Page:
The term pradakshina roughly means turning towards what is right, to move in alignment with nature. When I was in yoga teacher training, we were taught that to make sure that the practice was in accordance with nature, with the principle of pradakshina, we should instruct our students to roll to the right when coming out of savasana (final relaxation; the corpse pose).
Those who take class with me may have noticed that a couple of months ago, I started just saying to roll to your side, whichever side feels better for you.
Why should turning to the left be sinister (latin for left), or gauche (french for left), or subversive and contrary to dharma (left-handed tantric practices).
Left-handed myself, I can assure you that not one of the salesmen in the expensive shop in India where I bought art and jewelry last year cared that I signed a credit card slip with my left hand (though in India it is customary to eat with the right hand and wipe oneself with the left to make sure that one never uses the same hand for both activities).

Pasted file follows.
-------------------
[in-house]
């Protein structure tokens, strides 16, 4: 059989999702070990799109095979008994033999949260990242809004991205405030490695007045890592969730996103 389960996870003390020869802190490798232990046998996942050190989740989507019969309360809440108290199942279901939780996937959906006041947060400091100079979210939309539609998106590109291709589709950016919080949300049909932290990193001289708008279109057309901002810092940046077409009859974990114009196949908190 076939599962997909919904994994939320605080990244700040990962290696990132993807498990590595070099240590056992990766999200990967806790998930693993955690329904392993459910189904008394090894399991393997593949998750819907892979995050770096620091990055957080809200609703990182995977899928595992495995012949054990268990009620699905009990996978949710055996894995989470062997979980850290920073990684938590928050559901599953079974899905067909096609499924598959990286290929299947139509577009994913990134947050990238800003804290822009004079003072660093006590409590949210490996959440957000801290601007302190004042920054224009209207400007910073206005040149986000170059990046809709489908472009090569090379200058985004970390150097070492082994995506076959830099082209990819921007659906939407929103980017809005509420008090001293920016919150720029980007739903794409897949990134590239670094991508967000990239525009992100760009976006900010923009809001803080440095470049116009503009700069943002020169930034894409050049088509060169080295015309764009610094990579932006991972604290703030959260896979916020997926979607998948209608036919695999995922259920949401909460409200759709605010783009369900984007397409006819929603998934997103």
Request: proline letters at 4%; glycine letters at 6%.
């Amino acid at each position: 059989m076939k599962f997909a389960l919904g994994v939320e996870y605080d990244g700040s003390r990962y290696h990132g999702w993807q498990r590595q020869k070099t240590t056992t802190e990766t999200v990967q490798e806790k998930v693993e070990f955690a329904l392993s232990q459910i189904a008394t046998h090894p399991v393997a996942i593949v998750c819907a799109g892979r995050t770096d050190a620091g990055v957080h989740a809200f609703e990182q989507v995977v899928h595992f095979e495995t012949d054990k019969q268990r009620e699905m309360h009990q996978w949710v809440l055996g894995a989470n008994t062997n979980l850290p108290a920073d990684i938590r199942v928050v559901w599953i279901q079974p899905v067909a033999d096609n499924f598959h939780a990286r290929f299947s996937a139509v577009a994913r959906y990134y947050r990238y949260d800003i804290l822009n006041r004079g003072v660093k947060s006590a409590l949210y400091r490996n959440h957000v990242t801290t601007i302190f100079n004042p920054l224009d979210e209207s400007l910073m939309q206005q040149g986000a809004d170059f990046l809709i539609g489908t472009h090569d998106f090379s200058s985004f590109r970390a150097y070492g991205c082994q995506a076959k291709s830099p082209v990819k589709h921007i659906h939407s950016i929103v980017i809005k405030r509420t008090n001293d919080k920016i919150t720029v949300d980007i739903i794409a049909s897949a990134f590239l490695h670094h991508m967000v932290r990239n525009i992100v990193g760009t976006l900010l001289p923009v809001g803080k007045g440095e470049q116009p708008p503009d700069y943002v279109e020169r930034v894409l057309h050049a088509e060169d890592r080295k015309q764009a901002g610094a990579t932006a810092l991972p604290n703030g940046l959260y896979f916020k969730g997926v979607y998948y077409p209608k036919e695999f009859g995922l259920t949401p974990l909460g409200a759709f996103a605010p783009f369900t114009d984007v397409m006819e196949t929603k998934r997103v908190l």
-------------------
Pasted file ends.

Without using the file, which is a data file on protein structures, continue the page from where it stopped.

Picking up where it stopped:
Who wants to move the right if right means not correct, but conservative, fundamentalist, self-righteous, and rigidly traditional in societies where tradition is paternalistic, narrow-minded, racist, classist, religiously dogmatic, and sexist?
I think turning to the side without the bum shoulder or the clogged sinus or turning to the side where there is more room or a beloved friend practicing beside you is turning in accordance with the principle of pradakshina–even if it means turning to your left.
Practice pradakshina by all means, seek to align with and embrace the flow and forces or nature within and without and honor those social customs that support and expand love and community, but don’t just roll to the right (or teach that) because someone told you going to the right will bring you closer to the divine. It ain’t necessarily so.
Peace and light, E — Posted with WordPress for BlackBerry.